SAN DIEGO — A family from Scripps Ranch High School is suing the San Diego Unified School District over its vaccine mandate based on religious beliefs. The attorney for the family said the student should have the choice to opt out of getting the vaccine like the employees.
On Nov. 29, all eligible students in the San Diego Unified School District will be required to at least have their first vaccine shot. But right now, students cannot ask for a religious exemption and they hope this lawsuit will change that for their client.
“The teachers at San Diego Unified actually have the opportunity to submit requests for religious exemptions but the students don’t. It doesn’t really make any constitutional sense or logical sense,” said Paul Jonna.
Jonna is Special Counsel for the Thomas More Society, the law firm representing a student at Scripps Ranch High School who says her religious beliefs prevent her from taking the COVID-19 vaccine. According to the National Institutes of Health, cell lines developed from past abortions are used in the testing or development of certain COVID-19 vaccines but mRNA vaccines are not manufactured with cell lines.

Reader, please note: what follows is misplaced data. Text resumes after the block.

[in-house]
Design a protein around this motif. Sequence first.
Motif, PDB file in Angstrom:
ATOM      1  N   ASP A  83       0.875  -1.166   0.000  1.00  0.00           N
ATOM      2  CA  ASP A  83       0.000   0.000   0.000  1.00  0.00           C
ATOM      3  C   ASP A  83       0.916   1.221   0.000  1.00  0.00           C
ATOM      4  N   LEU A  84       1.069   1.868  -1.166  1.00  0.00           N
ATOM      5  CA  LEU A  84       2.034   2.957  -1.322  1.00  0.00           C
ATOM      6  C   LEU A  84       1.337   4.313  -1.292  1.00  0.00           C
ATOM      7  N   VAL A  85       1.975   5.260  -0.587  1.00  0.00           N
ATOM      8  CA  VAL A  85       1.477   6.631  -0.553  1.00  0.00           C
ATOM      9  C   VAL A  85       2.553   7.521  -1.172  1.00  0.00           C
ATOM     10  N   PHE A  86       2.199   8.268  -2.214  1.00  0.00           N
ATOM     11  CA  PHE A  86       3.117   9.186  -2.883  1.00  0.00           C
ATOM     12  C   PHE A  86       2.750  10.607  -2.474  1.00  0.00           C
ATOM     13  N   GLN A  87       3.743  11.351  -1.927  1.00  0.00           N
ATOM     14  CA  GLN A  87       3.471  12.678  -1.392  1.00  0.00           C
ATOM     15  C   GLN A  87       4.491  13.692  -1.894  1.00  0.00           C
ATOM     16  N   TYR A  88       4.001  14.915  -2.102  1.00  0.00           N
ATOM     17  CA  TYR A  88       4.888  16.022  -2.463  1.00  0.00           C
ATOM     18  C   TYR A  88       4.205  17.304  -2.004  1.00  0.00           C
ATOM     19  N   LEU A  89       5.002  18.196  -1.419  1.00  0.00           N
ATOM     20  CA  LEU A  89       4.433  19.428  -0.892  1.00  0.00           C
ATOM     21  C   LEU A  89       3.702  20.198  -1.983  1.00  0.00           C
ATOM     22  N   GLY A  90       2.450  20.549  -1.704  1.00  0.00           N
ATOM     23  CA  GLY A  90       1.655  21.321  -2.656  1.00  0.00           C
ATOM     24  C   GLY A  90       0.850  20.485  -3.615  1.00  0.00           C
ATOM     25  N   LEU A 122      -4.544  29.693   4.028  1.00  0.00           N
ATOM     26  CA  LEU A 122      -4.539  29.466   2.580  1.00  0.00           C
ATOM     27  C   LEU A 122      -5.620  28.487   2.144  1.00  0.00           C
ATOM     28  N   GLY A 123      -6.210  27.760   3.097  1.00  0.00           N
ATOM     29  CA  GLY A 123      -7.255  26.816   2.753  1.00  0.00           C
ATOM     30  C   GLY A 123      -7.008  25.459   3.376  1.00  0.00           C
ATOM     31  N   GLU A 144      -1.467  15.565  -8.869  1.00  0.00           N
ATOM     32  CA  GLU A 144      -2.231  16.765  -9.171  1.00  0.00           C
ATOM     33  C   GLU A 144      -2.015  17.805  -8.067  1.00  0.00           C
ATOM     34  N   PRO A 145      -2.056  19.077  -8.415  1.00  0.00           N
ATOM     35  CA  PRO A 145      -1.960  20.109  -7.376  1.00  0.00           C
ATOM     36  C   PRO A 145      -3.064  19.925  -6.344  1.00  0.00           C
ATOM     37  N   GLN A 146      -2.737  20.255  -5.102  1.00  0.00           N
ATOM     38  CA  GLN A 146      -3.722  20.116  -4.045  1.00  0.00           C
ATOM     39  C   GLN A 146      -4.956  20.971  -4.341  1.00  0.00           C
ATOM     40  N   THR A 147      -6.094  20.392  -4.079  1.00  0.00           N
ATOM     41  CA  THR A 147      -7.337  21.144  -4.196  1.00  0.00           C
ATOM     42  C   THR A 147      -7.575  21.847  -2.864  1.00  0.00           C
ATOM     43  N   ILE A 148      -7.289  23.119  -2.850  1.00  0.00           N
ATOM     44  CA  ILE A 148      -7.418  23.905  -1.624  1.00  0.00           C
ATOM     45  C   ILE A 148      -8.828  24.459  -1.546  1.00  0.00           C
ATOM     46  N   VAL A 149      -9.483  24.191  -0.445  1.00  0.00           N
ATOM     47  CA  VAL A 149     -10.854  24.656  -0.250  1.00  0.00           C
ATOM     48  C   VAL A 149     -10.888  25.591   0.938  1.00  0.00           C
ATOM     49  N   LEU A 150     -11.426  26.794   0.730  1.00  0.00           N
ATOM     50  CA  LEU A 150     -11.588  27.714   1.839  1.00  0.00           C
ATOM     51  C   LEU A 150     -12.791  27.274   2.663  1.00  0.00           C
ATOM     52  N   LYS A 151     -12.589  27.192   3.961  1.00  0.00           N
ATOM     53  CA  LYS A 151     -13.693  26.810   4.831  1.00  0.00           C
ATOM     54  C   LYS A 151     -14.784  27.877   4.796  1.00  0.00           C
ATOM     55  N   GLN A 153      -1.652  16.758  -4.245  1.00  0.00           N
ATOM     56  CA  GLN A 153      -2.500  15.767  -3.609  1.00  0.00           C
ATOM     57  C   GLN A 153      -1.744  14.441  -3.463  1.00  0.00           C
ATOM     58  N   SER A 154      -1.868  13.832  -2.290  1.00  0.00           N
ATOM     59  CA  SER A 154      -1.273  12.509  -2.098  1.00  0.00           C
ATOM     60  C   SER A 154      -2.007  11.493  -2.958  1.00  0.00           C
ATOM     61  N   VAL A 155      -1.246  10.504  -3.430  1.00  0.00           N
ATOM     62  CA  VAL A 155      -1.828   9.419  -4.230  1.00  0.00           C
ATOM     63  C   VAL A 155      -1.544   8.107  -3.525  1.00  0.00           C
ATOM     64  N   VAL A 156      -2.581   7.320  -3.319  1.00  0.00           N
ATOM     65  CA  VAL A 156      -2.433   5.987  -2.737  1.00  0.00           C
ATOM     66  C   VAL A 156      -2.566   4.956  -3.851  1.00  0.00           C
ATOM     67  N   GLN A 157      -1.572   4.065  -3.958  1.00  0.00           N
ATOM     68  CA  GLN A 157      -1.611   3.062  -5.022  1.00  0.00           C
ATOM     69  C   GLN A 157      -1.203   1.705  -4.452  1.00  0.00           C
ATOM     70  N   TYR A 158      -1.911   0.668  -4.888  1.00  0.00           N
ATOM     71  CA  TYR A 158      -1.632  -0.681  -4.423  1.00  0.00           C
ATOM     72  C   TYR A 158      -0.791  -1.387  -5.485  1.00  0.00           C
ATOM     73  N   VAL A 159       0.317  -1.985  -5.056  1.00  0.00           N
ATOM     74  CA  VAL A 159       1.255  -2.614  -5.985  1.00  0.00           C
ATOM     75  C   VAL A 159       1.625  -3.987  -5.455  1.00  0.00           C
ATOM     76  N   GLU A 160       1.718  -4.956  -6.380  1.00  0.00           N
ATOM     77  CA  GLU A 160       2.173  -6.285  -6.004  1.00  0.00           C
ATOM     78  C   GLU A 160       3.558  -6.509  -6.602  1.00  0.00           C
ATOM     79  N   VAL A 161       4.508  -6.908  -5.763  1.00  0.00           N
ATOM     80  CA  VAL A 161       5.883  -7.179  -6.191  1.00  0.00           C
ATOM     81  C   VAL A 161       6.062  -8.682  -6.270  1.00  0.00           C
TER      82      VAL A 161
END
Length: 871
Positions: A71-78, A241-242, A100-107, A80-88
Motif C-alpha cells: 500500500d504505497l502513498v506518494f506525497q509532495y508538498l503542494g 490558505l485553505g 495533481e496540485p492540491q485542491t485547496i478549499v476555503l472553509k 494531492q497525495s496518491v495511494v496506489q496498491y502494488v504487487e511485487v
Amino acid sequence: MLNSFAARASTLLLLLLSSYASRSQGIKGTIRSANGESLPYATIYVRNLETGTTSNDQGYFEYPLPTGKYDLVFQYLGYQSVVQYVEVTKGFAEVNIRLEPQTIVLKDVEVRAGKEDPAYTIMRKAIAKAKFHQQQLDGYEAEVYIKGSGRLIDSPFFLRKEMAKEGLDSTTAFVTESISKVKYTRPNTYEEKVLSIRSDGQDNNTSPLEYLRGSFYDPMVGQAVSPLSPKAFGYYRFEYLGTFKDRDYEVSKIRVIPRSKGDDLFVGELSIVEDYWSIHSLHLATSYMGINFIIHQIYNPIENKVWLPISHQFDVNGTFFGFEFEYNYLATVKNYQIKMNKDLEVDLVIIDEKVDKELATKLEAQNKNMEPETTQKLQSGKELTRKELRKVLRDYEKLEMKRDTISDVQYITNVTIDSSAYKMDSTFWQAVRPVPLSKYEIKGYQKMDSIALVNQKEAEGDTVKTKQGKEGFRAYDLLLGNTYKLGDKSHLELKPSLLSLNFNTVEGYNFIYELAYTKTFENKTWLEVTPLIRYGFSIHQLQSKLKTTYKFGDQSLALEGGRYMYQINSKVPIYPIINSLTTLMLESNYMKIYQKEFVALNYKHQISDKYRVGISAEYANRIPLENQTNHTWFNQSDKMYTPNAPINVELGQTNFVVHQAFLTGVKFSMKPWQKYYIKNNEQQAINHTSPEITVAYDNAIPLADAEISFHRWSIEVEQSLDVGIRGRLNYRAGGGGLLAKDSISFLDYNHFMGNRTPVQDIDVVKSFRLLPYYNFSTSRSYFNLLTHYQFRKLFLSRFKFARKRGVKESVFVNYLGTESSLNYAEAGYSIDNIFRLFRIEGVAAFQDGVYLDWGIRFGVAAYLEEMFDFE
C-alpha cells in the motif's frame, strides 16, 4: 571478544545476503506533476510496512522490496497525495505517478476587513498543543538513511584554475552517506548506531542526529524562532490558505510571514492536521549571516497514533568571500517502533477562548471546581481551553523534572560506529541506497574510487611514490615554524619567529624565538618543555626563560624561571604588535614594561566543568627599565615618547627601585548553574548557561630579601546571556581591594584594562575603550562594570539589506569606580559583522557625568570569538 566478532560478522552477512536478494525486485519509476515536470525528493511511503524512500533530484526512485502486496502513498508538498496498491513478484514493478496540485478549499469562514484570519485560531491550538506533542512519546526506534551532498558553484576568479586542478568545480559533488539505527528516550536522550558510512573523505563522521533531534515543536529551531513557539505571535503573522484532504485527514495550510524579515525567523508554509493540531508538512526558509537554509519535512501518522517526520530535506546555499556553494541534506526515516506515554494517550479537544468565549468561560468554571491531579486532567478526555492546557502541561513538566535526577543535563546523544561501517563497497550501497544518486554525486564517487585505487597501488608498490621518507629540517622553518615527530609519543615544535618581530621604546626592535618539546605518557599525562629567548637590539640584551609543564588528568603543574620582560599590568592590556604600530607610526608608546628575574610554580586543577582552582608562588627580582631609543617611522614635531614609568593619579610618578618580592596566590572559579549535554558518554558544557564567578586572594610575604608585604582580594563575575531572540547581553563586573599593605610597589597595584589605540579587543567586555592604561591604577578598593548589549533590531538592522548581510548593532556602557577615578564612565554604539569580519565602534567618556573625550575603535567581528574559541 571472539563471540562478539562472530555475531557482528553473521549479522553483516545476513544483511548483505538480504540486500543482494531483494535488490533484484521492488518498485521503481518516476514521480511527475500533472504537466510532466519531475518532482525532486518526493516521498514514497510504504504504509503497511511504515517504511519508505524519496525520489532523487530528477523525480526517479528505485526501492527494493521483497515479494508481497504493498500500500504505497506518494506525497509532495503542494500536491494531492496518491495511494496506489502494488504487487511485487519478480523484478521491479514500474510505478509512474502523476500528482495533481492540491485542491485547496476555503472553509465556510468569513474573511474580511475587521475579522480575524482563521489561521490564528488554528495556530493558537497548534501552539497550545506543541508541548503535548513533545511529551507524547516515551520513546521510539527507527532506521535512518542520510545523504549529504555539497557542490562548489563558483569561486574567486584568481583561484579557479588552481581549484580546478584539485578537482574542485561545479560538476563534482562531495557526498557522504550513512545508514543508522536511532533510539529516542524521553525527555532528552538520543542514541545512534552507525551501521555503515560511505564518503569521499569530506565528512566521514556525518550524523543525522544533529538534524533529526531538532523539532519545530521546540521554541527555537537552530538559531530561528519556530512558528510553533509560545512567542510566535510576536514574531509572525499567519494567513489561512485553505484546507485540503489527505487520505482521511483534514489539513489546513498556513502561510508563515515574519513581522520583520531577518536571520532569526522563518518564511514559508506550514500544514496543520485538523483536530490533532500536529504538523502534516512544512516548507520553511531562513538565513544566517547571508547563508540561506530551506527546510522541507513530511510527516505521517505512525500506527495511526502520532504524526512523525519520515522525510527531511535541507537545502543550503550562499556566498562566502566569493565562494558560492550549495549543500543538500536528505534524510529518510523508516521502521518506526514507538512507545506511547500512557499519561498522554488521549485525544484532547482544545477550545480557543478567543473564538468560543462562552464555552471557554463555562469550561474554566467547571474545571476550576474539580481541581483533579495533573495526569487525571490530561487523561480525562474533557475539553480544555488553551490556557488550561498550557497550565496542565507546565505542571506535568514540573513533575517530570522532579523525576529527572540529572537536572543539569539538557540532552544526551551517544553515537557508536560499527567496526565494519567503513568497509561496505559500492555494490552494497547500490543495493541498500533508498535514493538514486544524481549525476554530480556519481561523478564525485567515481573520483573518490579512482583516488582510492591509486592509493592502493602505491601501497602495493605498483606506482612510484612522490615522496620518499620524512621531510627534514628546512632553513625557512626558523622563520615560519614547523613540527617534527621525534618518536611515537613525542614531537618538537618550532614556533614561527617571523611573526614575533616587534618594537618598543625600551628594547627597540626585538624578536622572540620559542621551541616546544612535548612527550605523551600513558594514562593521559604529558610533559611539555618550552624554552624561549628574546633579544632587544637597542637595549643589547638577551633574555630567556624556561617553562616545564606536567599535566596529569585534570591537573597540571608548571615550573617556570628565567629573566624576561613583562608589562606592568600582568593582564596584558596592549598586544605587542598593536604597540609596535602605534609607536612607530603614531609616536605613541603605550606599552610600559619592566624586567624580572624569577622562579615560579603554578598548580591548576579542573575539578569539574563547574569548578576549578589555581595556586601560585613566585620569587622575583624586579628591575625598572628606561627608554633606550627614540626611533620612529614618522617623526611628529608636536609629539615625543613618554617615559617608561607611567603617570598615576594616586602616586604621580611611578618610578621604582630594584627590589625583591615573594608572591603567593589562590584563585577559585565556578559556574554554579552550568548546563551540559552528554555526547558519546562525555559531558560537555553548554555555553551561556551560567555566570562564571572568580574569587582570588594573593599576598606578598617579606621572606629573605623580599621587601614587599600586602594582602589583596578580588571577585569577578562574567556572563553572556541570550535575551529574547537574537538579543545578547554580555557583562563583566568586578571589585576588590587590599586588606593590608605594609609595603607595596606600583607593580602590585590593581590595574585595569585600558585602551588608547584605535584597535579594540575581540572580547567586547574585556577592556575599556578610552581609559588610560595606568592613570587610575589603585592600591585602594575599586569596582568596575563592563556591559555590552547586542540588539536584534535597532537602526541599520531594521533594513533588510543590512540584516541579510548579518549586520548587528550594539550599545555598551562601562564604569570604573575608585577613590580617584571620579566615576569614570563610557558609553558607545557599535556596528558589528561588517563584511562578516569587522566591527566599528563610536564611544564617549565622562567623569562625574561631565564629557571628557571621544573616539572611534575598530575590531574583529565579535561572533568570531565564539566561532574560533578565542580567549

“This family is not anti-vaccine. They’ve taken other vaccines and it’s vaccines like this that have a connection to abortion that they’re opposed to," Jonna said.
San Diego Unified School District's mandate says if eligible students are not fully vaccinated by Dec. 20, they’ll have to enroll in independent study programs and will not be allowed to participate in extracurricular activities. Jonna said this would be devastating for his client.
“She either has to take the vaccine and violate her faith or basically withdraw from sports. She’s a preeminent athlete, she’s in multiple sports, could lose the chance of a sports scholarship, then do remote distance learning, which are all unnecessary,” Jonna said.
News 8 reached out to the San Diego Unified School District but they do not comment on pending lawsuits.
Jonna said they hope a decision in their favor will be made by Nov. 29 but they’re prepared to challenge the mandate based on religious beliefs all the way to the Supreme Court if necessary.
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